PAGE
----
Let’s not throw too many stones though. We have been condemned world -wide by mulesing sheep. This entails the cutting away of skin the size of a dinner plate around the sheep’s bum to prevent fly-strike. ” Peeta “has been successful in exposing this extremely cruel way of dealing with sheep. No-where in the world does this practise exist making it very difficult for farmers to defend the practise. It was only when the international fashion houses were successful in banning Australian wool products that the Government and the farmers decided to start banning the practise. As a result, mulesing is supposed to be banned and phased out over the next few years.


  10. Steve at the Pub June 3, 2011 at 2:19 pm #

    Gerard, all due respect, but no, live exporting could not be replaced by exporting chilled meat that is slaughtered in Australia.
    It would be replaced by live exporting from other countries, countries which are unlikely to share our commitment to animal welfare. As happened when Australia was unable to meet live export demand in 2007.
    Indonesia does not have the refrigeration infrastructure to import such quantities of chilled meat. Most buy their meat hot, partly a cultural reason, but also because many are unable to afford refrigeration.
    Live export cattle come from the north, in the north there are no slaughtering or processing facilities. It is export or go out of business.
    It is not only an Australian industry that will be bankrupted, but the Indonesian fattening & slaughtering industries would face hardship.
    Australia has been working with Indonesia to improve animal welfare. This has been happening for as long as the live export trade has existed. Improvements are slight, the task is difficult, however this would cease & possibly slide backward were Australia to stop live export.
    It isn’t as simple as it may seem to some urban based theorists.


  11. Steve at the Pub June 3, 2011 at 3:17 pm #

    Mulesing. Unpleasant task.
    Alternative to mulesing: Fly strike in your sheep.
    That is, maggotts burrow in & start eating the sheep alive.
    Peta not only is wrong on this, they are lying. It is difficult to think up fate that these people deserve. They are not ingenuous, naive, or stupid. They are callously lying, knowing the consequence of their actions will be sheep sentenced to death by fly-strike.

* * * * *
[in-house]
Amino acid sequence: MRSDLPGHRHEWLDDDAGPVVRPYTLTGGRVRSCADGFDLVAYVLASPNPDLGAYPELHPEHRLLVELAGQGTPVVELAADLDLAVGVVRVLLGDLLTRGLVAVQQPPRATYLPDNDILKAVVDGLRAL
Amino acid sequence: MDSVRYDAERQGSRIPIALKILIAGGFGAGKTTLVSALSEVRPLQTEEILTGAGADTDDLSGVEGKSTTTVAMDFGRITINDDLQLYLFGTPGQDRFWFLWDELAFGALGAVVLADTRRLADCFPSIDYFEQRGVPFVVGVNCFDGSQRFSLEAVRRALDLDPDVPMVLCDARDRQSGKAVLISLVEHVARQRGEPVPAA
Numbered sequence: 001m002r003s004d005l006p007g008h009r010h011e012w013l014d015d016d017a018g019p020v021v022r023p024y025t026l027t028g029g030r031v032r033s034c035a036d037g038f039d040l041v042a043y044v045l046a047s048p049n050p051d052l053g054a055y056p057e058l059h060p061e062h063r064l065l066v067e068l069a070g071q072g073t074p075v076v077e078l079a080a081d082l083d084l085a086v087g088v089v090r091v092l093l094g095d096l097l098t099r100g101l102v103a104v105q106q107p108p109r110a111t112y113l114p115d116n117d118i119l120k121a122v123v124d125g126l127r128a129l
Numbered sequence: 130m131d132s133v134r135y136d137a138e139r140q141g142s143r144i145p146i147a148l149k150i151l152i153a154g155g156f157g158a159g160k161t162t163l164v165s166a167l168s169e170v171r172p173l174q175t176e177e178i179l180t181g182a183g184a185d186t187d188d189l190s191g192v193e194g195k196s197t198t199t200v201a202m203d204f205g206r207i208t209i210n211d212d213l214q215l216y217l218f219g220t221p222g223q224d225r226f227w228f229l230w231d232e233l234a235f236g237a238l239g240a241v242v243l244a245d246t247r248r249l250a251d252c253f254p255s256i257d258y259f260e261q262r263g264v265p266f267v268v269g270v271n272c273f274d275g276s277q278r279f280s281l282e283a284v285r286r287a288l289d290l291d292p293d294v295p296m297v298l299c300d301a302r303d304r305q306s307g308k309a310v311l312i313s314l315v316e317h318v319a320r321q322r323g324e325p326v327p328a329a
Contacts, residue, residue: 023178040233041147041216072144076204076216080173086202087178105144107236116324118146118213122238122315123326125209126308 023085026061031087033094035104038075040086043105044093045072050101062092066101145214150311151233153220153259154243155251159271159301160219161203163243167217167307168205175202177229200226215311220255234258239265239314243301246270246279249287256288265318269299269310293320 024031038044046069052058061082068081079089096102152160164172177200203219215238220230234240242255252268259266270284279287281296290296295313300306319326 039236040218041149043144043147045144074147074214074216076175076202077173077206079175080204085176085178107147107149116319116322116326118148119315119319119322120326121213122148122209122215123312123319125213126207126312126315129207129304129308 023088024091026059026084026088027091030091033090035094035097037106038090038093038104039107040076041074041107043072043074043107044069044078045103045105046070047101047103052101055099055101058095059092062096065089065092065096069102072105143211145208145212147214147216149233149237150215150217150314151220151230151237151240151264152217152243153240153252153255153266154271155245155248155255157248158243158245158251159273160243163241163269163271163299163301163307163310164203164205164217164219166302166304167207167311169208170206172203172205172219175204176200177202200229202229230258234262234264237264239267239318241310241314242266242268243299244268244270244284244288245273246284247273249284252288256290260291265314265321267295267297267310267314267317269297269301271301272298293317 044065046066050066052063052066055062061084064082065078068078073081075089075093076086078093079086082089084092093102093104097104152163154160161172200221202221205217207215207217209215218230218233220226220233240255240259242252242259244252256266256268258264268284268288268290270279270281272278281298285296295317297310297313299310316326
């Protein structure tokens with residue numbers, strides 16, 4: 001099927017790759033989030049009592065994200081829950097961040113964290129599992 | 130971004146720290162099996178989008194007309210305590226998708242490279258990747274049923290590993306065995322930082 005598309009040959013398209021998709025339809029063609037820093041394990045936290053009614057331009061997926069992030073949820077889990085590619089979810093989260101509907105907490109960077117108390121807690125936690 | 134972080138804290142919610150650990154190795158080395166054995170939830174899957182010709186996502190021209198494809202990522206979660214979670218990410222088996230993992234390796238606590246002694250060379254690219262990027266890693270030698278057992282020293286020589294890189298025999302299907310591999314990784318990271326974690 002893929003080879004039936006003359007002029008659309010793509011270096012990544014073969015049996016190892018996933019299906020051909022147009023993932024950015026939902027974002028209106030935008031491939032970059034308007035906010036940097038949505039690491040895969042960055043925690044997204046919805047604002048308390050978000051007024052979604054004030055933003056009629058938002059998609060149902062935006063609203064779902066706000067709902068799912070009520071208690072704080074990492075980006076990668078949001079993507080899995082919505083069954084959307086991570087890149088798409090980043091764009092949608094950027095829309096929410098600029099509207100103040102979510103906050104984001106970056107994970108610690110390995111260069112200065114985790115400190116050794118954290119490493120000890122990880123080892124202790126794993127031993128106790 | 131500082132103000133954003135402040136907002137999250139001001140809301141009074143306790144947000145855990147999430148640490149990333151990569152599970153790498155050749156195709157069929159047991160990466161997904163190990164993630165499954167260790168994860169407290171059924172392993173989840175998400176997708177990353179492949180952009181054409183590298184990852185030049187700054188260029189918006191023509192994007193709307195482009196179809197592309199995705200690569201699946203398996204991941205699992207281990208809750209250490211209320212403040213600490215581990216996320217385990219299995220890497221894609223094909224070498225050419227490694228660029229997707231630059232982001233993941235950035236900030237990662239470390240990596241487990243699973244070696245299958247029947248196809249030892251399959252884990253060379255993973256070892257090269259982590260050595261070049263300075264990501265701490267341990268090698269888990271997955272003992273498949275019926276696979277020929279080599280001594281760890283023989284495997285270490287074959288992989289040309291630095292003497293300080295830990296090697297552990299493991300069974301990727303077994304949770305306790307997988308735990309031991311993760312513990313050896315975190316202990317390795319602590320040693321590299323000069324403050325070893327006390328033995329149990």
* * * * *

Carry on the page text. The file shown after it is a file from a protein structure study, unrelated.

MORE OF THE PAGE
More reprehensible & unpleasant people it would be difficult to find.
    Every time they hoodwink some dull witted celebrity into making public statements about the evils of mulesing, that celebrity shuts up fast when Australian woolgrowers show them the reality.
    Fly strike is very confronting, especially for those who live their life removed from many of the harsher physical realities.

    Nowhere else has the same breed of sheep in the same climate. Woolgrowers have been bullied into a timetable to phase out mulesing, but have had to ignore the phase-out, as there is not a workable alternative.


  12. gerard oosterman June 3, 2011 at 4:29 pm #

    Fly strike is terrible but can be prevented by better breeding practises. The merino in Australia has been bred to produce the maximum surface area to increase yield. This results in areas of the sheep now carrying wool where they did not before. Clean breech sheep are not susceptible to fly-strike. The Merino is bred all over the world but Australia is the only country that practise mulesing and docking of tails. The tail used to chase flies away but without a tail, well…?
    In the Netherlands the docking has been banned after a trial whereby sheep without tails did not suffer any more from flies as those with tails.
    The cost of mulesing and docking outweigh the slight decrease in wool yield when breeding sheep with less folds in their skin. Those farmers that have changed their breeding programs into sheep that have no need for cutting tails or mulesing are now running to the bank.
    Your assertion is plain wrong. Of course the Merino is bred in many countries but they don’t practise mulesing.


  13. Steve at the Pub June 3, 2011 at 5:31 pm #

    I respectfully suggest my assertation is not plain wrong. I have some experience in this area, it is not something I have read in a book/magazine, seen on a TV current affairs show, & then began theorising about.

    How much success have you had with breeding the folds out of Merinos?


  14. gerard oosterman June 3, 2011 at 6:29 pm #

    Gerard Oosterman:”author Gerard Oosterman, artist, farmer and blogger.”

    Merino sheep are ONLY mulesed in Australia. Surely, that says something.
    Why do you think that all sheep breeders are now moving aways from that practice?


  15. gerard oosterman June 3, 2011 at 9:46 pm #

    Steve at the pub:
    “No place for sheep”.
    Doesn’t that tell you something?